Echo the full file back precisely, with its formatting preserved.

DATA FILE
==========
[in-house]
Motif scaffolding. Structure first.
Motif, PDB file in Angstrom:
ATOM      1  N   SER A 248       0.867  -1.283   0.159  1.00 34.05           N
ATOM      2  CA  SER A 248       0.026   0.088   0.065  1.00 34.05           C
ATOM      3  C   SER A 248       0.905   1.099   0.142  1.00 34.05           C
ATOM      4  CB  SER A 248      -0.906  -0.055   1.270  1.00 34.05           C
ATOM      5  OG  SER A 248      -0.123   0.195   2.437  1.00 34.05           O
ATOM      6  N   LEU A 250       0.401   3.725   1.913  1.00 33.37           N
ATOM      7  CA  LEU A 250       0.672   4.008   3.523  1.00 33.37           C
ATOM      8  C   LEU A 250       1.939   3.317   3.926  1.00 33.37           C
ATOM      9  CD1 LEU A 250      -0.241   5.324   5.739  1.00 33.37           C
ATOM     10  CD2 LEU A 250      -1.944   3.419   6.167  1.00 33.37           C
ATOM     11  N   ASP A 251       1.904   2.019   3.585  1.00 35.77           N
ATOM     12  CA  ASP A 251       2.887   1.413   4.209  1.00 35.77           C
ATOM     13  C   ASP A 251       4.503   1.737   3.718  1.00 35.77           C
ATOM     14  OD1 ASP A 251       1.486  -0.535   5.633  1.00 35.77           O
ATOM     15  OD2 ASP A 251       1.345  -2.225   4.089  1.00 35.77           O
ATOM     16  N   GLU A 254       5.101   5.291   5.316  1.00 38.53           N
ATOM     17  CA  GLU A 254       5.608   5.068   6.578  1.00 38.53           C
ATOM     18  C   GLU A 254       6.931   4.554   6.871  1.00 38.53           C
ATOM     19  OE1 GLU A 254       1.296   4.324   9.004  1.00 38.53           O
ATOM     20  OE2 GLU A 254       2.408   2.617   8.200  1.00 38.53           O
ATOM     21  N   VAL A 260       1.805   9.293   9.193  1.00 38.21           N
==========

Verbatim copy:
[in-house]
Motif scaffolding. Structure first.
Motif, PDB file in Angstrom:
ATOM      1  N   SER A 248       0.867  -1.283   0.159  1.00 34.05           N
ATOM      2  CA  SER A 248       0.026   0.088   0.065  1.00 34.05           C
ATOM      3  C   SER A 248       0.905   1.099   0.142  1.00 34.05           C
ATOM      4  CB  SER A 248      -0.906  -0.055   1.270  1.00 34.05           C
ATOM      5  OG  SER A 248      -0.123   0.195   2.437  1.00 34.05           O
ATOM      6  N   LEU A 250       0.401   3.725   1.913  1.00 33.37           N
ATOM      7  CA  LEU A 250       0.672   4.008   3.523  1.00 33.37           C
ATOM      8  C   LEU A 250       1.939   3.317   3.926  1.00 33.37           C
ATOM      9  CD1 LEU A 250      -0.241   5.324   5.739  1.00 33.37           C
ATOM     10  CD2 LEU A 250      -1.944   3.419   6.167  1.00 33.37           C
ATOM     11  N   ASP A 251       1.904   2.019   3.585  1.00 35.77           N
ATOM     12  CA  ASP A 251       2.887   1.413   4.209  1.00 35.77           C
ATOM     13  C   ASP A 251       4.503   1.737   3.718  1.00 35.77           C
ATOM     14  OD1 ASP A 251       1.486  -0.535   5.633  1.00 35.77           O
ATOM     15  OD2 ASP A 251       1.345  -2.225   4.089  1.00 35.77           O
ATOM     16  N   GLU A 254       5.101   5.291   5.316  1.00 38.53           N
ATOM     17  CA  GLU A 254       5.608   5.068   6.578  1.00 38.53           C
ATOM     18  C   GLU A 254       6.931   4.554   6.871  1.00 38.53           C
ATOM     19  OE1 GLU A 254       1.296   4.324   9.004  1.00 38.53           O
ATOM     20  OE2 GLU A 254       2.408   2.617   8.200  1.00 38.53           O
ATOM     21  N   VAL A 260       1.805   9.293   9.193  1.00 38.21           N